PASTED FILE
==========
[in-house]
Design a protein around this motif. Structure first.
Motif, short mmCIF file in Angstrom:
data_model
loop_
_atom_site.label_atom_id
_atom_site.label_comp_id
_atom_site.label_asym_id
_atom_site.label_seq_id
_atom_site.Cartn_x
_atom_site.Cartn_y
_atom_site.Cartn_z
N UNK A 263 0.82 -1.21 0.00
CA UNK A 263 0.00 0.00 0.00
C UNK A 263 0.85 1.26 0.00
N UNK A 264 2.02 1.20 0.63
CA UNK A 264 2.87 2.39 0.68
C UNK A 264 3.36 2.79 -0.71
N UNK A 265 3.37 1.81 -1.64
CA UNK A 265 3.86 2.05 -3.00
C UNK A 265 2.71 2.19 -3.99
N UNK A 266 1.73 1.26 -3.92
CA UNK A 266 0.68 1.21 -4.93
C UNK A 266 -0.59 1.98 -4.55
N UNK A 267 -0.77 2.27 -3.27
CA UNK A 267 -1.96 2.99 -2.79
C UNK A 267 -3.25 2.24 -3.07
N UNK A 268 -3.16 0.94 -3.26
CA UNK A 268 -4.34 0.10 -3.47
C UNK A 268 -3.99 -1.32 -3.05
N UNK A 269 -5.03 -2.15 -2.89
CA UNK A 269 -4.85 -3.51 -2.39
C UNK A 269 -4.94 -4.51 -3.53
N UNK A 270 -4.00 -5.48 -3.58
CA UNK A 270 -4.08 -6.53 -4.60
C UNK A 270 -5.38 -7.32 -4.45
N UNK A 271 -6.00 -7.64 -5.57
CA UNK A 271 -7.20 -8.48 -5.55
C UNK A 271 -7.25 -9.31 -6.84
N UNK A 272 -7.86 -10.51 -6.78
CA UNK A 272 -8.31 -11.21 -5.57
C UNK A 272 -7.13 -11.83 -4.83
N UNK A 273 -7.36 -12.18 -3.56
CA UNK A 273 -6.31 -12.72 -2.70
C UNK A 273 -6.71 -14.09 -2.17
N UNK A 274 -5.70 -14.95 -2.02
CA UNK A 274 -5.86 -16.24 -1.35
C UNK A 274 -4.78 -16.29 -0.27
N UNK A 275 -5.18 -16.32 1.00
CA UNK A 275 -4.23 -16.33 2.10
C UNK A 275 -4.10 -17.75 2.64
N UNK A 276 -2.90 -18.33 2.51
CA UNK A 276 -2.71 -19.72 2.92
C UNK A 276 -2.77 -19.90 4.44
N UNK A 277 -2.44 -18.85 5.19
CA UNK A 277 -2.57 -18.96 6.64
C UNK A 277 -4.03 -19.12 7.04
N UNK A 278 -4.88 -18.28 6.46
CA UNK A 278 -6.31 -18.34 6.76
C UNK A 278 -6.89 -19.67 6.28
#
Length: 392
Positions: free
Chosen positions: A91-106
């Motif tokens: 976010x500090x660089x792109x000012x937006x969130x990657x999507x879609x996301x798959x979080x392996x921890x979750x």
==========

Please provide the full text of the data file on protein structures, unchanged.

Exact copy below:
[in-house]
Design a protein around this motif. Structure first.
Motif, short mmCIF file in Angstrom:
data_model
loop_
_atom_site.label_atom_id
_atom_site.label_comp_id
_atom_site.label_asym_id
_atom_site.label_seq_id
_atom_site.Cartn_x
_atom_site.Cartn_y
_atom_site.Cartn_z
N UNK A 263 0.82 -1.21 0.00
CA UNK A 263 0.00 0.00 0.00
C UNK A 263 0.85 1.26 0.00
N UNK A 264 2.02 1.20 0.63
CA UNK A 264 2.87 2.39 0.68
C UNK A 264 3.36 2.79 -0.71
N UNK A 265 3.37 1.81 -1.64
CA UNK A 265 3.86 2.05 -3.00
C UNK A 265 2.71 2.19 -3.99
N UNK A 266 1.73 1.26 -3.92
CA UNK A 266 0.68 1.21 -4.93
C UNK A 266 -0.59 1.98 -4.55
N UNK A 267 -0.77 2.27 -3.27
CA UNK A 267 -1.96 2.99 -2.79
C UNK A 267 -3.25 2.24 -3.07
N UNK A 268 -3.16 0.94 -3.26
CA UNK A 268 -4.34 0.10 -3.47
C UNK A 268 -3.99 -1.32 -3.05
N UNK A 269 -5.03 -2.15 -2.89
CA UNK A 269 -4.85 -3.51 -2.39
C UNK A 269 -4.94 -4.51 -3.53
N UNK A 270 -4.00 -5.48 -3.58
CA UNK A 270 -4.08 -6.53 -4.60
C UNK A 270 -5.38 -7.32 -4.45
N UNK A 271 -6.00 -7.64 -5.57
CA UNK A 271 -7.20 -8.48 -5.55
C UNK A 271 -7.25 -9.31 -6.84
N UNK A 272 -7.86 -10.51 -6.78
CA UNK A 272 -8.31 -11.21 -5.57
C UNK A 272 -7.13 -11.83 -4.83
N UNK A 273 -7.36 -12.18 -3.56
CA UNK A 273 -6.31 -12.72 -2.70
C UNK A 273 -6.71 -14.09 -2.17
N UNK A 274 -5.70 -14.95 -2.02
CA UNK A 274 -5.86 -16.24 -1.35
C UNK A 274 -4.78 -16.29 -0.27
N UNK A 275 -5.18 -16.32 1.00
CA UNK A 275 -4.23 -16.33 2.10
C UNK A 275 -4.10 -17.75 2.64
N UNK A 276 -2.90 -18.33 2.51
CA UNK A 276 -2.71 -19.72 2.92
C UNK A 276 -2.77 -19.90 4.44
N UNK A 277 -2.44 -18.85 5.19
CA UNK A 277 -2.57 -18.96 6.64
C UNK A 277 -4.03 -19.12 7.04
N UNK A 278 -4.88 -18.28 6.46
CA UNK A 278 -6.31 -18.34 6.76
C UNK A 278 -6.89 -19.67 6.28
#
Length: 392
Positions: free
Chosen positions: A91-106
């Motif tokens: 976010x500090x660089x792109x000012x937006x969130x990657x999507x879609x996301x798959x979080x392996x921890x979750x």